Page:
I read an interesting article in TIME Magazine (online) today entitled “Is Hell Dead?” It’s ostensibly about a book written by author Rob Bell, who is also the pastor of Mars Hill Bible Church in Michigan. His book, “Love Wins: A Book About Heaven, Hell, and the Fate of Every Person Who Ever Lived,” posits that evangelical Christianity is too theologically rigid, and we really don’t know what happens after death.
“Bell insists that he is only raising the possibility that theological rigidity—and thus a faith of exclusion—is a dangerous thing.” In essence, Christianity ought to be much more universal in its acceptance of people. “’When we get to what happens when we die, we don’t have any video footage,’ says Bell. ‘So let’s be honest that we are speculating, because we are.’”
There’s a slightly comical section of the article that seems to compare Christianity to other religions of the world (currently, and in history) in order to make the point that Christianity is different from all the other religions in this regard, and therefore is wrong:
“It is also true that the Christian tradition since the first church has insisted that history is tragic for those who do not believe in Jesus; that hell is, for them, forever; and that love, in the end, will envelop those who profess Jesus as Lord, and they — and they alone — will be reconciled to God…
“Still, the dominant view of the righteous in heaven and the damned in hell owes more to the artistic legacy of the West, from Michelangelo to Dante to Blake, than it does to history or to unambiguous biblical teaching. Neither pagan nor Jewish tradition offered a truly equivalent vision of a place of eternal torment; the Greek and Roman underworlds tended to be morally neutral, as did much of the Hebraic tradition concerning Sheol, the realm of the dead.”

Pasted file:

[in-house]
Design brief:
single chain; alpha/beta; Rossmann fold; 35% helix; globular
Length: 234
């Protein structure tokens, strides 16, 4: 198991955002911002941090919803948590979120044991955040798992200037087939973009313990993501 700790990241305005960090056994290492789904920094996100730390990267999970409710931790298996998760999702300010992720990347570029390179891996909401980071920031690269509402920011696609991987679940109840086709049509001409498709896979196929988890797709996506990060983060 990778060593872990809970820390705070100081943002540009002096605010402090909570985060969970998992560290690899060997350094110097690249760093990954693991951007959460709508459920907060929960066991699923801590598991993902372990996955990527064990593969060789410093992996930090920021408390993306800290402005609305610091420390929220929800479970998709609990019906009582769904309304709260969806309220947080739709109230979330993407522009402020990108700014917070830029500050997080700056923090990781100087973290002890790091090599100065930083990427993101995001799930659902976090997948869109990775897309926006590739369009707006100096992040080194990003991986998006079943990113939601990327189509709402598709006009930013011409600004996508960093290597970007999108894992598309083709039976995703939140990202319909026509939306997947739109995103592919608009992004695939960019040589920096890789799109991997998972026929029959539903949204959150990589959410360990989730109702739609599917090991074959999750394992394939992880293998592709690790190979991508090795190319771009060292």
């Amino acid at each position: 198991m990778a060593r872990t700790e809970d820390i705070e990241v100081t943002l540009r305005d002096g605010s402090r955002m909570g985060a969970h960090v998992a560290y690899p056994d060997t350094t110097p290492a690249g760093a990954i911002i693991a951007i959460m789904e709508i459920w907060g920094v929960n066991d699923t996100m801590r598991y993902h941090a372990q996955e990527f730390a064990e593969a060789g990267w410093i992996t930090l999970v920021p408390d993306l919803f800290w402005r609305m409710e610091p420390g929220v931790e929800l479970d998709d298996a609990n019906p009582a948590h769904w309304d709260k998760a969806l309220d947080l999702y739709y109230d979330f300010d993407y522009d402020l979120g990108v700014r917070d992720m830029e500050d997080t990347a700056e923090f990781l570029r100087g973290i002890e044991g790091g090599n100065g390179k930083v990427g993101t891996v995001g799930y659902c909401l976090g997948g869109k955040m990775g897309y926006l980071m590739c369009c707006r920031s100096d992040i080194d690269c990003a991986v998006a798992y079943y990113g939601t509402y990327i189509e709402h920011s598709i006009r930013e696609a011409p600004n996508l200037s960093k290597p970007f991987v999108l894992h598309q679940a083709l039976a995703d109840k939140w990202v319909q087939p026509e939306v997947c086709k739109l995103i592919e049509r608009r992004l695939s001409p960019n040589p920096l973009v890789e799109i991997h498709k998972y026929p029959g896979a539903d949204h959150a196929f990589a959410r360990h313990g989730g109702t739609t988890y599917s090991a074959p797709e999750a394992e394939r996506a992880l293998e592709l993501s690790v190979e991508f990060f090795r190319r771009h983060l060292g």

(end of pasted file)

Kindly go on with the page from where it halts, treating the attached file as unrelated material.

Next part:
Criticism of Bell from the Christian community has been harsh—“Farewell Rob Bell,” tweeted John Piper; Al Mohler said the book was “theologically disastrous,” and says, “We have read this book before. Not the exact words, and never so artfully presented, but the same book, the same argument, the same attempt to rescue Christianity from the Bible.”
Here’s my bottom line: views of Christianity that leave out hell, condemnation, and eternal punishment must commit exegetical gymnastics in order to arrive at those conclusions: selective interpretation, explaining away clear passages about hell and condemnation, and broad interpretation of passages that talk about God’s redemption and reconciliation. Bell’s book seems to affirm God’s love, but extricate God from his justice and holiness.
What are your thoughts on Universalism? Should Christians de-emphasize teaching on hell?
“Rob Bell: Universalist?” by Justin Taylor @ The Gospel Coalition
“Two Thoughts on the Rob Bell Brouhaha” by Kevin DeYoung @ The Gospel Coalition
“Rob Bell Outs Himself” by Denny Burk
“God Is Still Holy And What You Learned in Sunday School Is Still True” by Kevin DeYoung
“Book Review: Love Wins by Rob Bell” by Aaron Armstrong